“The one thing we can offer that traditional schools can’t is flexibility,” Mattin said. “If a student lives on their own, or if mom was laid off and the student has to work part-time to help support the family and can only come to school two times a week, we can accommodate them. In a traditional high school, if you miss three days a week, you will fall behind.”

Mattin is proud that CVOLC has everything a regular school offers along with a few extras, minus the large classrooms, bullying and cliques that can be seen at a regular school. CVOLC has various sports teams, a music program, a gym for physical education, a second gym that was converted to house the carpentry program, numerous career programs, a robotics program and daycare provided by the Ministry of Children and Family Development for teenage mothers. Students are also allowed tremendous flexibility in completing their education.

“We encourage kids to follow their passion,” Mattin said. “If they need to take a break from English and want to focus on carpentry, we tell them ‘of course you can. You can go back when you’re ready.’”

Mattin started his teaching career being a teacher-on-call for elementary schools. About 12 years ago, he was tasked with leading an outdoor education program at CVOLC, where he ended up staying.

“I was taking kids camping and snowboarding, but it was challenging at times,” Mattin said. “One time after a three-day kayak trip, two of my students were arrested for stabbing a cab driver.”

Despite that incident, Mattin has seen more success stories than negative ones. He eventually became principal when his predecessor retired, and he and his staff have worked hard at making CVOLC a successful, standalone school. Last year, CVOLC had 63 high school graduates. Twelve years ago, there were none.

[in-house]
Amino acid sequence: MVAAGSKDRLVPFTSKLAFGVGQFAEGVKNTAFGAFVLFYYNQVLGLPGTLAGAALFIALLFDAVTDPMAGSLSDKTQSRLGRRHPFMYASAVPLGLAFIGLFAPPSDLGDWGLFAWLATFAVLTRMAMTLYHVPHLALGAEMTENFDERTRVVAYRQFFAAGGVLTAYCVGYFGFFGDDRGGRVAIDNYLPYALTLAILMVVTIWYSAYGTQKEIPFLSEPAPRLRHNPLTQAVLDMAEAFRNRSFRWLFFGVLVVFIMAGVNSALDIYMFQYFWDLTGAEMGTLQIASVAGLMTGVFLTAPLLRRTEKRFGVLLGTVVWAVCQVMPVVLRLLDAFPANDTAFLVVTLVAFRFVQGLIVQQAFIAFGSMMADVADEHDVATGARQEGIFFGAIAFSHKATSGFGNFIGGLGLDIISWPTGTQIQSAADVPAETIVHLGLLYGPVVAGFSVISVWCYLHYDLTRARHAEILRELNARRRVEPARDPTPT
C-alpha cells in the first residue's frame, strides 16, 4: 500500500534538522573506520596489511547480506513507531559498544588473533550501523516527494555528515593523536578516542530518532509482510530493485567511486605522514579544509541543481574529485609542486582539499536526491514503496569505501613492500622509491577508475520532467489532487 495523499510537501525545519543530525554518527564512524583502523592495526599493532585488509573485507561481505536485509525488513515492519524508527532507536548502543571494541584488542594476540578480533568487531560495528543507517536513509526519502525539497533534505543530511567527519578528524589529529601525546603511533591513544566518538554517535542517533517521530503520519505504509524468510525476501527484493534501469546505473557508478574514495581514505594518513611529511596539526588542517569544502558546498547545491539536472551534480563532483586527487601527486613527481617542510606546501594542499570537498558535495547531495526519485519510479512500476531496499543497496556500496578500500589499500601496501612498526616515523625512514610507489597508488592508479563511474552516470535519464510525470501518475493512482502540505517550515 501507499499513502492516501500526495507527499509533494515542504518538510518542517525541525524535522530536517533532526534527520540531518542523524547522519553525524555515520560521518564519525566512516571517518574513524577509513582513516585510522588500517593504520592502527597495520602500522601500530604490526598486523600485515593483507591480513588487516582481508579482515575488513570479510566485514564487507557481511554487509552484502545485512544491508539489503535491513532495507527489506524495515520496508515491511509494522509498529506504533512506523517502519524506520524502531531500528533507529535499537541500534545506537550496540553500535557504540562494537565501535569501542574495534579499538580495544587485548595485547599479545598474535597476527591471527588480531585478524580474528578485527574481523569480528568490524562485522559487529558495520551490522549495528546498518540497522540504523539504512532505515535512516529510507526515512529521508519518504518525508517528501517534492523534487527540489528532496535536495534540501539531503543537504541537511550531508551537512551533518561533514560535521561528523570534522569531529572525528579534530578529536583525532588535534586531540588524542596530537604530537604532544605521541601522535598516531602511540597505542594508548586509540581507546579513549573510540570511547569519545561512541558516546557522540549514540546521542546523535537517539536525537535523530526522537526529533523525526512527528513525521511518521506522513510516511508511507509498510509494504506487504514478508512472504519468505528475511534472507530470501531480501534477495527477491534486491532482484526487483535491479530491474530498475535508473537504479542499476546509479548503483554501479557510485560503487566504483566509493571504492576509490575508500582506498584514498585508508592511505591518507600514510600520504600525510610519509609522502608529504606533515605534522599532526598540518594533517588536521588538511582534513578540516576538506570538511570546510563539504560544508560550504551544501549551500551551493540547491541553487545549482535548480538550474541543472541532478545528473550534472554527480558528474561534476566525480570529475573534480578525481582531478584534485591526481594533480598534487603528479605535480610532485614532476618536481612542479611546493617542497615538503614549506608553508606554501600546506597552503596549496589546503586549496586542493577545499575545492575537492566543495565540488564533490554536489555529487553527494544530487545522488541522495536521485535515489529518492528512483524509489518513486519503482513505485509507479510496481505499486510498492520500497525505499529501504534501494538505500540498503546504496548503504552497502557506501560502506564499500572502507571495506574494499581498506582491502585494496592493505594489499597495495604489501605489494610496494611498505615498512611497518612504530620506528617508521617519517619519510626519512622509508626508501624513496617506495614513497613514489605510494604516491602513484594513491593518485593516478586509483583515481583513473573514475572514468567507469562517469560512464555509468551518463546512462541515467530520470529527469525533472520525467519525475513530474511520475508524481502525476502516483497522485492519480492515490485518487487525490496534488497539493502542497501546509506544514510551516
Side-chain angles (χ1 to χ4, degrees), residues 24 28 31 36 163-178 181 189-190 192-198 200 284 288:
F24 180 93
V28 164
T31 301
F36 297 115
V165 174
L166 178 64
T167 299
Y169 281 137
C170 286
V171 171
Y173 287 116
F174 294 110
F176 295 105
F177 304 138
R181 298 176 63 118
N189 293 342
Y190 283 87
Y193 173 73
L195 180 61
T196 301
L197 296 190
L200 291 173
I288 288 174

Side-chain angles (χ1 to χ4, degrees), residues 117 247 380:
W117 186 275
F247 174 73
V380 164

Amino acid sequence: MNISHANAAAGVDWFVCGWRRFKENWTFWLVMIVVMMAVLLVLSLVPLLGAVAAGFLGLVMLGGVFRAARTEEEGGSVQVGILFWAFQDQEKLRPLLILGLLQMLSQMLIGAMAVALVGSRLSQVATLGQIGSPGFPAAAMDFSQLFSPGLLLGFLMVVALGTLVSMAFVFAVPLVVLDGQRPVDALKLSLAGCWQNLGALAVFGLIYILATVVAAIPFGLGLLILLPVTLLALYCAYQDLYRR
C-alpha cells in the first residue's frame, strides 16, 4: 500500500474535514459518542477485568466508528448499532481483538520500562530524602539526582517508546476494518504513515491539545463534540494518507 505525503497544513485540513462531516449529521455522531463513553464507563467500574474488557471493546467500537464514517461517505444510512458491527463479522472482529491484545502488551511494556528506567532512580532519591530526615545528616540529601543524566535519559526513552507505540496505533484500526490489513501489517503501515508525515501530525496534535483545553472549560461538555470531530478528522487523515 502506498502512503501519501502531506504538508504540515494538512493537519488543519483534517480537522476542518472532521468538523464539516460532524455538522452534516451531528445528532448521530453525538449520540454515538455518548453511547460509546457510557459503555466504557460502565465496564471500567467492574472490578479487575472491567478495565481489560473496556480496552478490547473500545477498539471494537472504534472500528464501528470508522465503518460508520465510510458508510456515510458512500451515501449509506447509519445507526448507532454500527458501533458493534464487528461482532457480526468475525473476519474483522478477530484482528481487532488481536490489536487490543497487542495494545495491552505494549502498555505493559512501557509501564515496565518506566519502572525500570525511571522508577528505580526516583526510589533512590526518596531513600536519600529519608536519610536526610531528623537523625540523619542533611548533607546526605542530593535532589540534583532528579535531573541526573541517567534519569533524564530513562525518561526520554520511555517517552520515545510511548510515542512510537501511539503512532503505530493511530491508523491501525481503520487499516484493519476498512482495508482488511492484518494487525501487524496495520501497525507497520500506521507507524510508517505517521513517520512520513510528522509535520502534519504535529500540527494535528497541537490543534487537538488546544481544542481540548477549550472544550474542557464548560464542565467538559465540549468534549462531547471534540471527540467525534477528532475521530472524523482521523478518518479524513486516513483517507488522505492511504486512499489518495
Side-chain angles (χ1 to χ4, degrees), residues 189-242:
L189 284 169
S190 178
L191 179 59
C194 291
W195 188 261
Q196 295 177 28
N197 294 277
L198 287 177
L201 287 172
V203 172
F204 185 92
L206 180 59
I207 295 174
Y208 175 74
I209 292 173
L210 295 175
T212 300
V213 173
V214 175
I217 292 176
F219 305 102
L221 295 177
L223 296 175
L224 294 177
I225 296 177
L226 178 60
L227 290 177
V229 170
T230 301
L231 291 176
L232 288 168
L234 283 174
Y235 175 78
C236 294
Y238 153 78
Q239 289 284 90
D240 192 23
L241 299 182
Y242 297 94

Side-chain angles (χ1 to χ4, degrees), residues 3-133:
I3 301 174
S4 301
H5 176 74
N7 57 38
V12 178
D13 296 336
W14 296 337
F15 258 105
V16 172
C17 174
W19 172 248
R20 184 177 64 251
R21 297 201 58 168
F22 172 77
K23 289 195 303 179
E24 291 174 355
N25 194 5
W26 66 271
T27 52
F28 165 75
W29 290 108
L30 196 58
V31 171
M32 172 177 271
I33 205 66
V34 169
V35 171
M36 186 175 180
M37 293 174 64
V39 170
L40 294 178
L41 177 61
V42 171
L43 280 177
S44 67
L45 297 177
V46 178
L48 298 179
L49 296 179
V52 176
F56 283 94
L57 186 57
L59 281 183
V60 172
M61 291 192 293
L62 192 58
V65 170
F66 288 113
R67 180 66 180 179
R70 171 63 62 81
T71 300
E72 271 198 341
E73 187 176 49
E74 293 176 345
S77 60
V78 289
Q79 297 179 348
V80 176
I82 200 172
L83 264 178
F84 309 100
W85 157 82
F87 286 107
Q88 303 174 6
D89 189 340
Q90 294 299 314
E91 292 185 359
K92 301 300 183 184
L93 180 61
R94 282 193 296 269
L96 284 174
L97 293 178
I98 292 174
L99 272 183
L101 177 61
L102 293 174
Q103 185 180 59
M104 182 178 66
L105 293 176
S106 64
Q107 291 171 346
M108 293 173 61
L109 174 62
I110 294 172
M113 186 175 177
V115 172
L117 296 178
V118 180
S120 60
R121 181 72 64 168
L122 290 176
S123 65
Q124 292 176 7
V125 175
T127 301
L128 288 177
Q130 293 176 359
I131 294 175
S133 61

“We are a fantastic high school,” Mattin said. “It’s the most rewarding job I’ve had.”

One thing Mattin continues to work hard on is changing the stigma attached to alternative education. Birge agreed that stigma is the only “downside” about graduating from CVOLC, despite graduating early and being a valedictorian.

“In order to get an opportunity to attend a school like this, you almost have to be troubled in some way,” Birge said. “Alternate schools have a bad reputation, like we’re all hoodlums or something, but it’s not true.

“The standardized education system doesn’t work for everyone, it doesn’t cater to children’s needs. We are expected to conform but there are many different minds and different ways of thinking,” she added.

The teachers and the alternate program made such a huge impact on Birge that it inspired her to strive to become a teacher and teach at an alternate school. After graduating high school in 2012, she went to Camosun College and then University of Victoria, where she is two semesters away from her B.A. in English literature.

“Learning can be so beautiful when done in a proper setting,” Birge said

“Students would really learn the joy of learning if given the opportunity to do it their own way.”


Author: Christopher Sun, Writer, BCSTA